Upon that question, if the case of Planters' Rice Mill Co. v. Merchants' National Bank, supra, applies to estoppels on fraudulent contracts, it is in direct conflict with the decisions of the Supreme Court of the United States. Under the state rule, the agent would be acting within the scope of his employment, and the principal would be bound; while, under the federal rule, the agent would be acting without the scope of his employment, and the principal would not be bound. The Schooner Freeman v. Buckingham, 18 How. 182, 15 L. Ed. 341; Pollard v. Vinton, 105 U.S. 7, 26 L. Ed. 998; Iron Mountain R. Co. v. Knight, 122 U.S. 79, 7 S. Ct. 1132, 30 L. Ed. 1077; Friedlander v. Texas & P. Ry. Co., 130 U.S. 416, 9 S. Ct. 570, 32 L. Ed. 991.

But it is argued that appellee's general manager acted for the corporation, not as its agent, but as its alter ego, and that the case stands as if appellee had been an individual and itself had issued the receipts. In support of this position, appellants cite Raleigh & G. R. Co. v. Pullman Co., 122 Ga. 700, 50 S.E. 1008, Pickens Co. v. Thomas, 152 Ga. 648, 111 S.E. 27, 21 A. L. R. 1438, and American Soda Fountain Co. v. Stolzenbach (N. J. Err. & App.) 68 A. 1078, 16 L. R. A. (N. S.) 703. The first of these cases holds that the general manager of a railroad company had authority to bind his principal to repair damages to Pullman cars occasioned by accident. In the second case it was held that the general manager of a mercantile and farming corporation was without authority to employ counsel to represent employees charged with larceny of property alleged to belong to a third party and claimed by the corporation. In the third case it was held that a statutory affidavit of consideration annexed to a chattel mortgage executed by an officer of the corporation bound the corporation. It appears from these cases only that a corporation may be bound by one of its officers whose act is in its nature one which the corporation cannot delegate, but which it alone can perform, and that it may be estopped by the apparent authority of its agents acting within the scope of their employment.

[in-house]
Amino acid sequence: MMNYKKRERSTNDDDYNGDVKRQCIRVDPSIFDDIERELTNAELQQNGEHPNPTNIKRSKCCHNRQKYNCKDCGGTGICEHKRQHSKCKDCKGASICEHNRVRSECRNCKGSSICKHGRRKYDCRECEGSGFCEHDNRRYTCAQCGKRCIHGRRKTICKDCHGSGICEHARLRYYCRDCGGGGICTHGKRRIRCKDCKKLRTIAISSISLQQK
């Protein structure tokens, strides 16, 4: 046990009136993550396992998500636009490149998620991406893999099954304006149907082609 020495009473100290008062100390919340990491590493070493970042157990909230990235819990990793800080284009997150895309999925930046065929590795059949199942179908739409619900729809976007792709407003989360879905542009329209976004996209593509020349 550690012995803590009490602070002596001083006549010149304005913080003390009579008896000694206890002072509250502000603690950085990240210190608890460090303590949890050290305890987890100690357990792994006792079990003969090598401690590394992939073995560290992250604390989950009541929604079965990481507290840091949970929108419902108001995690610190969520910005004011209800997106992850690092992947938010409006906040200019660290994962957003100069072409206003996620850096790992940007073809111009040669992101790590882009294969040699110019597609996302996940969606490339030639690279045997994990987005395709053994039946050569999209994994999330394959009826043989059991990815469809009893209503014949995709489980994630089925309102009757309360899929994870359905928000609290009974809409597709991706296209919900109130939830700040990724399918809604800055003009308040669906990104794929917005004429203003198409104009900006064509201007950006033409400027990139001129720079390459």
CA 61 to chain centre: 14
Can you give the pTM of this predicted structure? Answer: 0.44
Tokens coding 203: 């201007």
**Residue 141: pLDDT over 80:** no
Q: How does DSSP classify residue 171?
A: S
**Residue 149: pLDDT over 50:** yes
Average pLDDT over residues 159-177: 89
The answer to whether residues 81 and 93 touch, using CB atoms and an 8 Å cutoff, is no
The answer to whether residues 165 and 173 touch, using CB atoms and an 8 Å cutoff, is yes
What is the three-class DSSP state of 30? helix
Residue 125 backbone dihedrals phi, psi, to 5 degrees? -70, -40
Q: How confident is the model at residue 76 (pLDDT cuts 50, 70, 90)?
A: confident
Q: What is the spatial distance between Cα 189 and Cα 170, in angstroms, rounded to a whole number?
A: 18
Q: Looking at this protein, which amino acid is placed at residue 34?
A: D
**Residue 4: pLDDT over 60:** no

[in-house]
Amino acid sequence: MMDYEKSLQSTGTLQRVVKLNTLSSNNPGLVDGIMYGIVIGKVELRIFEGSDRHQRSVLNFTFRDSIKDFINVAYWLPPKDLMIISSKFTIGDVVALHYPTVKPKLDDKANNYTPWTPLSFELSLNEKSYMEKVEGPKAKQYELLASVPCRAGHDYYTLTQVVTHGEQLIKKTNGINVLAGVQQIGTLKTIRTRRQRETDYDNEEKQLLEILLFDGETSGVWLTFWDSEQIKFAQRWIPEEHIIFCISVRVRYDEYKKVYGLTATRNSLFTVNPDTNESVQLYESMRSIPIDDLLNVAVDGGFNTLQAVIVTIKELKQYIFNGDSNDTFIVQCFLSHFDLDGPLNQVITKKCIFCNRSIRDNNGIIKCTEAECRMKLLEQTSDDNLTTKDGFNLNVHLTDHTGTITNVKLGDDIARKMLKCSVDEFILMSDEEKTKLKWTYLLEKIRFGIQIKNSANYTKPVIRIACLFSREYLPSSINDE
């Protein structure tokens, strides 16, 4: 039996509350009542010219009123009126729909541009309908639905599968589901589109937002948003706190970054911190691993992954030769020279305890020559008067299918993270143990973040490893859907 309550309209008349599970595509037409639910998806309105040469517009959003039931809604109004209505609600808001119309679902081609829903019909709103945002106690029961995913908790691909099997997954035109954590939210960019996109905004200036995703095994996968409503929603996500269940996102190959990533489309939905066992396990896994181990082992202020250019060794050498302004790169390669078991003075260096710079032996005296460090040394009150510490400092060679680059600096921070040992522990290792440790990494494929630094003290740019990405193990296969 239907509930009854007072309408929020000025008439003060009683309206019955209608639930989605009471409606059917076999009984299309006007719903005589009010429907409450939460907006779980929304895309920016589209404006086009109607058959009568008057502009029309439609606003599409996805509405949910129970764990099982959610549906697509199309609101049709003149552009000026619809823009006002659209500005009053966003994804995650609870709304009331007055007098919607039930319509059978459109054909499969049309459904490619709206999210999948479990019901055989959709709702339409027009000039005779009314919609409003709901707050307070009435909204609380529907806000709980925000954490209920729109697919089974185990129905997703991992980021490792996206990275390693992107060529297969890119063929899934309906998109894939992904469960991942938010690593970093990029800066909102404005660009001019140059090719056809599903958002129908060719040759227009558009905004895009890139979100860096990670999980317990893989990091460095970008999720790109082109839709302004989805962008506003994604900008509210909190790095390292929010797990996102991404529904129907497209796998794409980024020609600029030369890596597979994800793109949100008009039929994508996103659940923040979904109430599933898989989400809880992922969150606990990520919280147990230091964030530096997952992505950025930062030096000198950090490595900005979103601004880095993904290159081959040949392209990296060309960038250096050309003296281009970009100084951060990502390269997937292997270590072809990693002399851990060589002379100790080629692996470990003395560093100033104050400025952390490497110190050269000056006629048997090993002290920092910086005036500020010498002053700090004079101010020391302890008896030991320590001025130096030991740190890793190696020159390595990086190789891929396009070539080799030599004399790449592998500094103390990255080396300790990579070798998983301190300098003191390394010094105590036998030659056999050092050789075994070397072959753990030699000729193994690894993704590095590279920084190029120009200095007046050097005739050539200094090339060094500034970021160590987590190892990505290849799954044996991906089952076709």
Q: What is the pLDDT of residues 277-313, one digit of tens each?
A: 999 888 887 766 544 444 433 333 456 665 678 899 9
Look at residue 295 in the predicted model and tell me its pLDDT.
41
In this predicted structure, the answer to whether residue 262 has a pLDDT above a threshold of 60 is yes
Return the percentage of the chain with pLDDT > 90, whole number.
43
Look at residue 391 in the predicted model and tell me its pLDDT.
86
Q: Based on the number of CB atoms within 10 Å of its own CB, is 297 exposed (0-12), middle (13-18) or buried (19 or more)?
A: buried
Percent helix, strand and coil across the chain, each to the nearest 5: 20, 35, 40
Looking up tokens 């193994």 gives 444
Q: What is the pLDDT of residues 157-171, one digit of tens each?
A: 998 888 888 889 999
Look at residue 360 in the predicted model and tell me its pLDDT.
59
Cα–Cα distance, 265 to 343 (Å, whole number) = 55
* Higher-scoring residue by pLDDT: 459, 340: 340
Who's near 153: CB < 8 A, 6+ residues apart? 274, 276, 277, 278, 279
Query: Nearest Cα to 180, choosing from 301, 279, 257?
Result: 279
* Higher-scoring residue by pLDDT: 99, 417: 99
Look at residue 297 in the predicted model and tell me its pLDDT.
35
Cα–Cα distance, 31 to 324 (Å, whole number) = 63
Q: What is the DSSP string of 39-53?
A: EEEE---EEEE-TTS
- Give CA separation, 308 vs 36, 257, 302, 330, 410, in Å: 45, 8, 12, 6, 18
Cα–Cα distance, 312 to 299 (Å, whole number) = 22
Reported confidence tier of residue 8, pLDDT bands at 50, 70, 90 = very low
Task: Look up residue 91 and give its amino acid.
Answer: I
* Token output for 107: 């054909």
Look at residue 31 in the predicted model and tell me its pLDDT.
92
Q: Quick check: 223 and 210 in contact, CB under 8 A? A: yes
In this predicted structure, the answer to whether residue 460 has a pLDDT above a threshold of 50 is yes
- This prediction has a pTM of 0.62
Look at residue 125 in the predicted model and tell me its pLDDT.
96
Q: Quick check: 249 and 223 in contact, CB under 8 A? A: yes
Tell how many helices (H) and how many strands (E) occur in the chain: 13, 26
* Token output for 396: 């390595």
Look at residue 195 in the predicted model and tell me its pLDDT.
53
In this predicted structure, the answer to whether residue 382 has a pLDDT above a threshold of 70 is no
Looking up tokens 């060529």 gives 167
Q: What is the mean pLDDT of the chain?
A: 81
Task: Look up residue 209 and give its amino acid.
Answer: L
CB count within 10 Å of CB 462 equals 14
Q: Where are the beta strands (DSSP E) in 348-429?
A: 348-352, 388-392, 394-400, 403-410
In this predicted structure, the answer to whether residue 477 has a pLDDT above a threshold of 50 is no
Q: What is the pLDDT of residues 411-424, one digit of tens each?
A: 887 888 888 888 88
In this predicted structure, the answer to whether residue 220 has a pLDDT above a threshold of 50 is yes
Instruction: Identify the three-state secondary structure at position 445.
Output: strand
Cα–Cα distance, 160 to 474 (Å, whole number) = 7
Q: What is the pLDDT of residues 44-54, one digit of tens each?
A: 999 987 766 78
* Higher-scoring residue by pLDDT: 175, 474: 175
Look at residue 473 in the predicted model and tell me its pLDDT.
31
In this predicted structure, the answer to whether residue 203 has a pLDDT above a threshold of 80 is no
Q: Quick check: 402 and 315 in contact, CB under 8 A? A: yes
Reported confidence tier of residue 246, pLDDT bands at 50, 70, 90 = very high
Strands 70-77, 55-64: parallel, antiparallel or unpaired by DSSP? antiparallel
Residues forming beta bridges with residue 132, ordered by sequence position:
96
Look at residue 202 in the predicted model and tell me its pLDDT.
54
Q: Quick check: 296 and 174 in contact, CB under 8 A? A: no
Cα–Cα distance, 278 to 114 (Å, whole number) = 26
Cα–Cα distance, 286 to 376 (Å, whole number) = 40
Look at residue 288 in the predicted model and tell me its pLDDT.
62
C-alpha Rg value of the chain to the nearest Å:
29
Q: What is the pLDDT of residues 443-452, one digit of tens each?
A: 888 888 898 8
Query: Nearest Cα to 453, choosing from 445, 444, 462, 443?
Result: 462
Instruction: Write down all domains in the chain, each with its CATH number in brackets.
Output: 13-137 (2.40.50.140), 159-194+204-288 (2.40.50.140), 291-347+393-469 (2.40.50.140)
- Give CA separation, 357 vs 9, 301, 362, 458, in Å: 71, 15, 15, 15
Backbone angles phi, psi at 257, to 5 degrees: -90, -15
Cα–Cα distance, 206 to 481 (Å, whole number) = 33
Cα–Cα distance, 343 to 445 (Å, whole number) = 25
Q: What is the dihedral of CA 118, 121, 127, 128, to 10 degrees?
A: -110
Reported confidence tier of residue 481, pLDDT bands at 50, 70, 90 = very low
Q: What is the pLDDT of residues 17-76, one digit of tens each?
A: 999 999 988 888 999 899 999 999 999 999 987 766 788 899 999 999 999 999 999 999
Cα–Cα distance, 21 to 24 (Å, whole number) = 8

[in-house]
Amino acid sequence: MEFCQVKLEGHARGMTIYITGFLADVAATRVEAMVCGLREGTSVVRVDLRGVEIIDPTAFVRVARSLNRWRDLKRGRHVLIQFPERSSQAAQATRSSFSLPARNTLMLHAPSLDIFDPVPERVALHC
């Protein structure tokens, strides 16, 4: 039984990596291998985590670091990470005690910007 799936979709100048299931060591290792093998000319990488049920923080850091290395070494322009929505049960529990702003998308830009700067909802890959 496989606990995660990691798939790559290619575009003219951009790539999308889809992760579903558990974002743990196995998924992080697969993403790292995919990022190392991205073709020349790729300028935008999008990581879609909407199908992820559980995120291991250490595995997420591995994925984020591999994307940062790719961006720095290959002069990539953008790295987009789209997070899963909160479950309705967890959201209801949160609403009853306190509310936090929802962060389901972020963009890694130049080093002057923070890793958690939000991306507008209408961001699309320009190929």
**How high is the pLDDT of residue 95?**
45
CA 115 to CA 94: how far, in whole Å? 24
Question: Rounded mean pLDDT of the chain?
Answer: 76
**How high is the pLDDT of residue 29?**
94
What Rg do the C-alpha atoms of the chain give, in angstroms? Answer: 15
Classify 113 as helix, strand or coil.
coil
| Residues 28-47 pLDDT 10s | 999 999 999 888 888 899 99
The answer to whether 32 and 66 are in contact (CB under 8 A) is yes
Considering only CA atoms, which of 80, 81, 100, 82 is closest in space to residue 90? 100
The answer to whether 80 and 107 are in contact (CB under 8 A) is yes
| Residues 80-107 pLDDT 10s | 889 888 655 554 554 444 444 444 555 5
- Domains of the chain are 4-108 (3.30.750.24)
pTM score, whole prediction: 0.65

Where the act is one that the corporation cannot delegate, it must, of course, be performed by natural persons. The acceptance of goods to be compressed, stored, and redelivered to the bailor is such an act as may be performed by a mere employee of the corporation, and the issuance of warehouse receipts is a mere incident to such employee's principal duty. It would seem to make no difference if the employee happens also to be an officer of the corporation. At any rate, the authority of appellee's general manager was not greater than is the authority of the master of a vessel, and in the case of the Schooner Freeman v. Buckingham, supra, it was held that the master of a vessel could not bind the owner by signing false bills of lading.

The conclusion is that the claims of appellants are not provable in bankruptcy.

The decree dismissing the petition is affirmed.